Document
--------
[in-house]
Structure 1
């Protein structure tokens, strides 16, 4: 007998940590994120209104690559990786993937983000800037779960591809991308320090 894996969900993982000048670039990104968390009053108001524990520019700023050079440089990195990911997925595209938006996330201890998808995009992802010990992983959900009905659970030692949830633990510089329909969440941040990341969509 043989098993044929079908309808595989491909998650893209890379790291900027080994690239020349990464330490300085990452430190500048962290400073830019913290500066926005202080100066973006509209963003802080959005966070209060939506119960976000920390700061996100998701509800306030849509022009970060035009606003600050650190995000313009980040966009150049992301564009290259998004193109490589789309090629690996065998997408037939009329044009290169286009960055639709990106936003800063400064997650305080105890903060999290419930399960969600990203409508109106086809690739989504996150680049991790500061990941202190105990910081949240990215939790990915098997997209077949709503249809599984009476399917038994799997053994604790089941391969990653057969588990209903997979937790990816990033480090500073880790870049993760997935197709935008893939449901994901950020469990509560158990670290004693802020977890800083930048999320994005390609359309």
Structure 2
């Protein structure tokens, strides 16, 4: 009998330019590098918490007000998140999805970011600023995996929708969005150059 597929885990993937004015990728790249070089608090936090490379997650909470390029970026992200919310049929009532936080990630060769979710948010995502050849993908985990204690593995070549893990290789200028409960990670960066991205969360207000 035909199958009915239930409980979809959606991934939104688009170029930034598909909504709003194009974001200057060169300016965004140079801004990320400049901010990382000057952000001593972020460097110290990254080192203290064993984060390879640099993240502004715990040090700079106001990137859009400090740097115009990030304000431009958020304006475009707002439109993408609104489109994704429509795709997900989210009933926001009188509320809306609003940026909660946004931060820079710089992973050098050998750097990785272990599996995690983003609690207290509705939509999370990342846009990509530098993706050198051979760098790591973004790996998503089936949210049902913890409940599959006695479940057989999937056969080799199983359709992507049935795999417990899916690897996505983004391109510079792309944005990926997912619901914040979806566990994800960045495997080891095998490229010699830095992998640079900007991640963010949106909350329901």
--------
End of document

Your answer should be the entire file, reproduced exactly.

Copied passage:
[in-house]
Structure 1
């Protein structure tokens, strides 16, 4: 007998940590994120209104690559990786993937983000800037779960591809991308320090 894996969900993982000048670039990104968390009053108001524990520019700023050079440089990195990911997925595209938006996330201890998808995009992802010990992983959900009905659970030692949830633990510089329909969440941040990341969509 043989098993044929079908309808595989491909998650893209890379790291900027080994690239020349990464330490300085990452430190500048962290400073830019913290500066926005202080100066973006509209963003802080959005966070209060939506119960976000920390700061996100998701509800306030849509022009970060035009606003600050650190995000313009980040966009150049992301564009290259998004193109490589789309090629690996065998997408037939009329044009290169286009960055639709990106936003800063400064997650305080105890903060999290419930399960969600990203409508109106086809690739989504996150680049991790500061990941202190105990910081949240990215939790990915098997997209077949709503249809599984009476399917038994799997053994604790089941391969990653057969588990209903997979937790990816990033480090500073880790870049993760997935197709935008893939449901994901950020469990509560158990670290004693802020977890800083930048999320994005390609359309």
Structure 2
């Protein structure tokens, strides 16, 4: 009998330019590098918490007000998140999805970011600023995996929708969005150059 597929885990993937004015990728790249070089608090936090490379997650909470390029970026992200919310049929009532936080990630060769979710948010995502050849993908985990204690593995070549893990290789200028409960990670960066991205969360207000 035909199958009915239930409980979809959606991934939104688009170029930034598909909504709003194009974001200057060169300016965004140079801004990320400049901010990382000057952000001593972020460097110290990254080192203290064993984060390879640099993240502004715990040090700079106001990137859009400090740097115009990030304000431009958020304006475009707002439109993408609104489109994704429509795709997900989210009933926001009188509320809306609003940026909660946004931060820079710089992973050098050998750097990785272990599996995690983003609690207290509705939509999370990342846009990509530098993706050198051979760098790591973004790996998503089936949210049902913890409940599959006695479940057989999937056969080799199983359709992507049935795999417990899916690897996505983004391109510079792309944005990926997912619901914040979806566990994800960045495997080891095998490229010699830095992998640079900007991640963010949106909350329901």